Tevez caddies for Romero at British Open

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LYTHAM ST. ANNES, ENGLAND (AP) - Carlos Tevez is no stranger to the golf course _ he spent a lot of time on one while on a five-month strike from Manchester City last season.

However, the round he had on Sunday was one he’ll never forget.

On a glorious morning at Royal Lytham & St. Annes, the Argentina striker caddied for countryman Andres Romero in the final round of the British Open.

This was no pro-am. This was golf’s oldest and most famous tournament.

“The chance to walk along the course and be around these great players is a pleasure and something unforgettable,” Tevez said.

After Romero shot a 77 in his third round Saturday to drop out of contention for the title, Tevez visited the house of the No. 109-ranked player and asked if he could carry his bag in the fourth round. They’ve been friends since meeting at the 2008 British Open at Royal Birkdale.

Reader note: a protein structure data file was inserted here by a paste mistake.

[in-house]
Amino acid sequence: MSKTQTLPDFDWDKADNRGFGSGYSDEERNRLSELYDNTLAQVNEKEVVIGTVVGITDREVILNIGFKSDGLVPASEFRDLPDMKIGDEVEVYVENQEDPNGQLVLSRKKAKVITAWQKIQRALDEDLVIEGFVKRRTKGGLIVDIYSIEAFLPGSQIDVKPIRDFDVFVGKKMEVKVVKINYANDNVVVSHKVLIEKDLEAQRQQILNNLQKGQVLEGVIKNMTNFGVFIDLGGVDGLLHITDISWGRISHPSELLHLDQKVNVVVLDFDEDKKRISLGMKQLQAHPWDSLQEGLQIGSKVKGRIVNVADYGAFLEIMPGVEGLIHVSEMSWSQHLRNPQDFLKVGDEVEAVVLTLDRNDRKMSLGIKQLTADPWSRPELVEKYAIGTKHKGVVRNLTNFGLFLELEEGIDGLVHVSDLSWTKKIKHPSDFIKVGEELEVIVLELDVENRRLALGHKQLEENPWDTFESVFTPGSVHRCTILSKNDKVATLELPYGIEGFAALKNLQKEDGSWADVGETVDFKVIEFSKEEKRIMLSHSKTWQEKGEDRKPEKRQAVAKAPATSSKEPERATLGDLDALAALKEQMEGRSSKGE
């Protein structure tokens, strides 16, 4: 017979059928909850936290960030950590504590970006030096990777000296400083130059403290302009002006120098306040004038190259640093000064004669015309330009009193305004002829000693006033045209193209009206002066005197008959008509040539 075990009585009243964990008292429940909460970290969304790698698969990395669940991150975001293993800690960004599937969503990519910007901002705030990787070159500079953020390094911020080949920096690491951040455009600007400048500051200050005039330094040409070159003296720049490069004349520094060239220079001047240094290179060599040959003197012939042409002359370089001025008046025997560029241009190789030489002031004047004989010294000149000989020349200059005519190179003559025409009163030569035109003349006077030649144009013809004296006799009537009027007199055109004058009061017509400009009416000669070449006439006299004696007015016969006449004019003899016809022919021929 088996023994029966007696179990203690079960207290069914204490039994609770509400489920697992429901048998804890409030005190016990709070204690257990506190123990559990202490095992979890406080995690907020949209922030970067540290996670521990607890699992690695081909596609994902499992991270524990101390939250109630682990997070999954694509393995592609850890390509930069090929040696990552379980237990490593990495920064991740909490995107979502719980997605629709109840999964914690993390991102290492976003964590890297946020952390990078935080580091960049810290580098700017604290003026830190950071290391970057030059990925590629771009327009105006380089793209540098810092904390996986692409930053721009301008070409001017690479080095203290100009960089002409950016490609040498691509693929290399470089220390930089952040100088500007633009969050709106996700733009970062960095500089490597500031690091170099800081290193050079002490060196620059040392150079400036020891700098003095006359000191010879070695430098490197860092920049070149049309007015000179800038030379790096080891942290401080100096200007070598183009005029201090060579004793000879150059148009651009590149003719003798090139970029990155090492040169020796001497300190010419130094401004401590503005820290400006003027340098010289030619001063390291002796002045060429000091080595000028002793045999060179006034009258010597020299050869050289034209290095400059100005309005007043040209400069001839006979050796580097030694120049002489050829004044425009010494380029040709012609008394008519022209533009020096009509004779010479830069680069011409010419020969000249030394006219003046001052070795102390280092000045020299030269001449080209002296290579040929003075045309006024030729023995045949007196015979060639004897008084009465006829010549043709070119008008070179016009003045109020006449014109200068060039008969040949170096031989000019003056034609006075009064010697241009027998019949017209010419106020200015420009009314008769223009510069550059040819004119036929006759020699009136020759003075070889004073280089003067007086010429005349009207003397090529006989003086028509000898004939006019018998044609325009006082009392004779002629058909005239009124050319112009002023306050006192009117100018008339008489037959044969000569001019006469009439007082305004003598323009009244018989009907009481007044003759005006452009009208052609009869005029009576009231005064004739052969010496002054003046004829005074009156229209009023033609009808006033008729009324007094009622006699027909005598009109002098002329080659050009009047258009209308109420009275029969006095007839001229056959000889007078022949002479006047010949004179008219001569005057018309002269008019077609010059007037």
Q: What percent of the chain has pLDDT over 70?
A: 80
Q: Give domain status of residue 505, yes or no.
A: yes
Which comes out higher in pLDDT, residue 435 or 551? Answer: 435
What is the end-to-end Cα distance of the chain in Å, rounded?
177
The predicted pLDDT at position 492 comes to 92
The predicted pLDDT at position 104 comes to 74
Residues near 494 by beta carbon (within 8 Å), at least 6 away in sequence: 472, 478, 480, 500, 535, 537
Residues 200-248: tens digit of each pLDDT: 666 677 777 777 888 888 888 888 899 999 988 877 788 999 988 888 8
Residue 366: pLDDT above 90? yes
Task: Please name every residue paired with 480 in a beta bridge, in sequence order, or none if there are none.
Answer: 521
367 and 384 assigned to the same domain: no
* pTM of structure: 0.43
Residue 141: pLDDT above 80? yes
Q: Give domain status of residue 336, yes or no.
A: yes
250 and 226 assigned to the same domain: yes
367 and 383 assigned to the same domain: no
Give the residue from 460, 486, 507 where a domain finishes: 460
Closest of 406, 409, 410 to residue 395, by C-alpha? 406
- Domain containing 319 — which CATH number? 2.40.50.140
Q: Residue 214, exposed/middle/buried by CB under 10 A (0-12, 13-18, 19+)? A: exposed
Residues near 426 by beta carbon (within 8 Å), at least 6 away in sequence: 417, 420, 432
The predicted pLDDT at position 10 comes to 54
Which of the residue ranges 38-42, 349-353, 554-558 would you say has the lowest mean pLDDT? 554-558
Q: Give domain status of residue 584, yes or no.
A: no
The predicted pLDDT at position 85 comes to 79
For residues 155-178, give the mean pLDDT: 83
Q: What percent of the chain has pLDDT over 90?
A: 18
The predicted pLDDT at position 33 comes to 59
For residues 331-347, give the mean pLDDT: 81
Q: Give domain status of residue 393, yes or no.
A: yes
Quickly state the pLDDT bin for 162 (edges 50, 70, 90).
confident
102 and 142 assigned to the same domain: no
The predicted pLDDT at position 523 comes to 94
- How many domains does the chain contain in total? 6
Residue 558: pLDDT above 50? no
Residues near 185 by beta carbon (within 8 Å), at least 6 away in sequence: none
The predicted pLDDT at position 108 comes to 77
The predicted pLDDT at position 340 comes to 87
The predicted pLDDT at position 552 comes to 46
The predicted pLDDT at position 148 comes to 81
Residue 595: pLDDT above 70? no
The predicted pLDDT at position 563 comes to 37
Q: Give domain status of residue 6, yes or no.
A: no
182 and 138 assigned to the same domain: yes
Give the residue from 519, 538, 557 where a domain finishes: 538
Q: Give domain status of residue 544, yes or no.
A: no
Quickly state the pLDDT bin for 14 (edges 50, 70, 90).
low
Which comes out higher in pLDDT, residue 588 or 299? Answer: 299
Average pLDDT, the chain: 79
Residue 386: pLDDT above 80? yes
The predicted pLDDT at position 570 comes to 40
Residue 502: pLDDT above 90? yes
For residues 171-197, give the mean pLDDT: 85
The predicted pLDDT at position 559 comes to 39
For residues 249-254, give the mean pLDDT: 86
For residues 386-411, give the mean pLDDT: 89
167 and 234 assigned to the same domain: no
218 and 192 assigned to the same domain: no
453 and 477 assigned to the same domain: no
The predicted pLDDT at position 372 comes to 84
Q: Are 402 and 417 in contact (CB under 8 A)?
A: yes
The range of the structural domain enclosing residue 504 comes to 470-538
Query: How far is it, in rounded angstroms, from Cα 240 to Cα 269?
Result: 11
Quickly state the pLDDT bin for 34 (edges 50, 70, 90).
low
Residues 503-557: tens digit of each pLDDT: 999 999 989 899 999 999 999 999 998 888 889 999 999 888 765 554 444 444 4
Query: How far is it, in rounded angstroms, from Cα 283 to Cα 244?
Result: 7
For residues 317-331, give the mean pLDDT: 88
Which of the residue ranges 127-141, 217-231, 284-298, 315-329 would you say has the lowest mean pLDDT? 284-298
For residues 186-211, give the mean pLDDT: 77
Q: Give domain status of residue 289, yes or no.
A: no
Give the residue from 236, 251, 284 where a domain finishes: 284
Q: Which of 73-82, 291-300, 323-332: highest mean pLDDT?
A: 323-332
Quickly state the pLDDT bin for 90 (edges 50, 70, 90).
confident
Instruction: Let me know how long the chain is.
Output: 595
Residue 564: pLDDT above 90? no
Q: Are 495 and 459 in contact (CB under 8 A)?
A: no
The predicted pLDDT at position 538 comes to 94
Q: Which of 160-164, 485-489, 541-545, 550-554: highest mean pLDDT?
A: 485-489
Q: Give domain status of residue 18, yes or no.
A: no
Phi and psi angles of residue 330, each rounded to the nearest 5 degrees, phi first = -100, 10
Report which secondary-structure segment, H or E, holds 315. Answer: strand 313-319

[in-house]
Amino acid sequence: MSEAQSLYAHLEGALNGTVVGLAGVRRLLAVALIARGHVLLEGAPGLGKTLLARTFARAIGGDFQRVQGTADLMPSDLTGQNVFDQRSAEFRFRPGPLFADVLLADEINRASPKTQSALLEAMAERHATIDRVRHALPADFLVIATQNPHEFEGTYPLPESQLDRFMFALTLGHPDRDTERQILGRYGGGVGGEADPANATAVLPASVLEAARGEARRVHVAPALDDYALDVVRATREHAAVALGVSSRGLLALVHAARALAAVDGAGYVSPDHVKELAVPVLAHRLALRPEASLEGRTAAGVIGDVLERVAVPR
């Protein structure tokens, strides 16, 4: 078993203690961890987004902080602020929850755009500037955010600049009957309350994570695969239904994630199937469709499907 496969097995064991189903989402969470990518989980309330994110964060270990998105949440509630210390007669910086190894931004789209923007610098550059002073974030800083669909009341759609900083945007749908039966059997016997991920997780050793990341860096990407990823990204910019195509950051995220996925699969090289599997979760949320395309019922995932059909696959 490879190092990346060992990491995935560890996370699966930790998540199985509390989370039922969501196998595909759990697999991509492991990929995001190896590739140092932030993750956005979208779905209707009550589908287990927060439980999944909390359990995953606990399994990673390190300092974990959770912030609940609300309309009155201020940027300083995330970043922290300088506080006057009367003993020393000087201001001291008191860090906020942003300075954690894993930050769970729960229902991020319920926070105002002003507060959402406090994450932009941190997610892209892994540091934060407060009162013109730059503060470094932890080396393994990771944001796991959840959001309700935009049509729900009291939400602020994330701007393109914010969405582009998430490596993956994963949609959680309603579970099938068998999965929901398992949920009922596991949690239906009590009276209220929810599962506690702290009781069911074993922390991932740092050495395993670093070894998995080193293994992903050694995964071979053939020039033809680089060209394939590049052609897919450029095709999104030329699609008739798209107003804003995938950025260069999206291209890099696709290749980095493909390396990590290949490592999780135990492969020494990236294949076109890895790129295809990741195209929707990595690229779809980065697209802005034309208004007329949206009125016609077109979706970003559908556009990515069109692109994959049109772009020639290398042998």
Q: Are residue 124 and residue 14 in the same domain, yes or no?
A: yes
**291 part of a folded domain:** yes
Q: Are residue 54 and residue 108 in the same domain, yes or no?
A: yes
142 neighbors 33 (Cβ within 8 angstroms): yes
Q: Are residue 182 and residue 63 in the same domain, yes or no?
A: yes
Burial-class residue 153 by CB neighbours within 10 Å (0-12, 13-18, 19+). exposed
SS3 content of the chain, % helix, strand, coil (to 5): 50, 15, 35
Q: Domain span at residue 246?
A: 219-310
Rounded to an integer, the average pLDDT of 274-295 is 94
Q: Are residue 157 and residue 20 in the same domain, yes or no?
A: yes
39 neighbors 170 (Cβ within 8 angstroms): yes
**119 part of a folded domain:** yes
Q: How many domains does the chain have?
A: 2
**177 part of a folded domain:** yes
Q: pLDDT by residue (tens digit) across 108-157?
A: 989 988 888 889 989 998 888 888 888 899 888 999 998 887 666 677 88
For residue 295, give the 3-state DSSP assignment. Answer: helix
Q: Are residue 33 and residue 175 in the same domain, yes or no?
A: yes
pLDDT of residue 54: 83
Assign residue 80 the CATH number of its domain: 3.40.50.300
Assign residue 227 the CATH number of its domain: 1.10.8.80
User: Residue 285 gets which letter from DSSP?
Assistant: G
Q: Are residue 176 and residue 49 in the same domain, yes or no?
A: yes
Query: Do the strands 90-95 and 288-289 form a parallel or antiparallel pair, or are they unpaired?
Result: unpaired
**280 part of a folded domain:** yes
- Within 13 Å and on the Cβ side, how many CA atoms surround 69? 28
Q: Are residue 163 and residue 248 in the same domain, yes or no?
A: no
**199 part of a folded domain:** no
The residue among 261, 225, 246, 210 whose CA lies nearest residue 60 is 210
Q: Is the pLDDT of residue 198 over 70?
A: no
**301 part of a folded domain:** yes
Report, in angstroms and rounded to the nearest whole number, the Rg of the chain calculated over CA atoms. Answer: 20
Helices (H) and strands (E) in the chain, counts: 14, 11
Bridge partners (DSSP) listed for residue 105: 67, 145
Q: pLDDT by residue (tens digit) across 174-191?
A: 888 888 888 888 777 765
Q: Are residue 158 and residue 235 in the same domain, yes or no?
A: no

Romero agreed to give regular caddie Anibal Nunez the day off and set out with Tevez in the fifth grouping of the morning, along with Chad Campbell of the United States.

Wearing a blue cap and top _ and carrying a set of clubs almost as big as him _ Tevez acted as a shoulder to cry on for Romero, who shot a 12-over 82 to slump to dead last in the remaining field of 83, finishing at 18 over par.

“I couldn’t give any advice about the slopes, but I just carried the bag and supported him each hole,” Tevez said. “Andres is a professional and he knows everything already.

“We worked together very well.”

The 28-year-old Tevez was photographed numerous times on the golf course when he was on unauthorized leave from City last season, having fallen out with manager Roberto Mancini after refusing to warm up as a substitute during a Champions League match in September.

When he did return to action with the English Premier League club, he helped them win the title for the first time in 44 years. After scoring a goal in a 6-1 victory at Norwich, he celebrated by swinging an imaginary golf club.

Tevez is a 13 handicap and has played with Romero before in Buenos Aires.

But he has never carried such a heavy bag. And has no plans to attempt to become a professional golfer after he retires from soccer.

“No, I play just with my friends as an amateur. I don’t want to change from that,” he said. “The golf bag hurts my shoulder too much, I prefer to play football. And my pants were very tight.”

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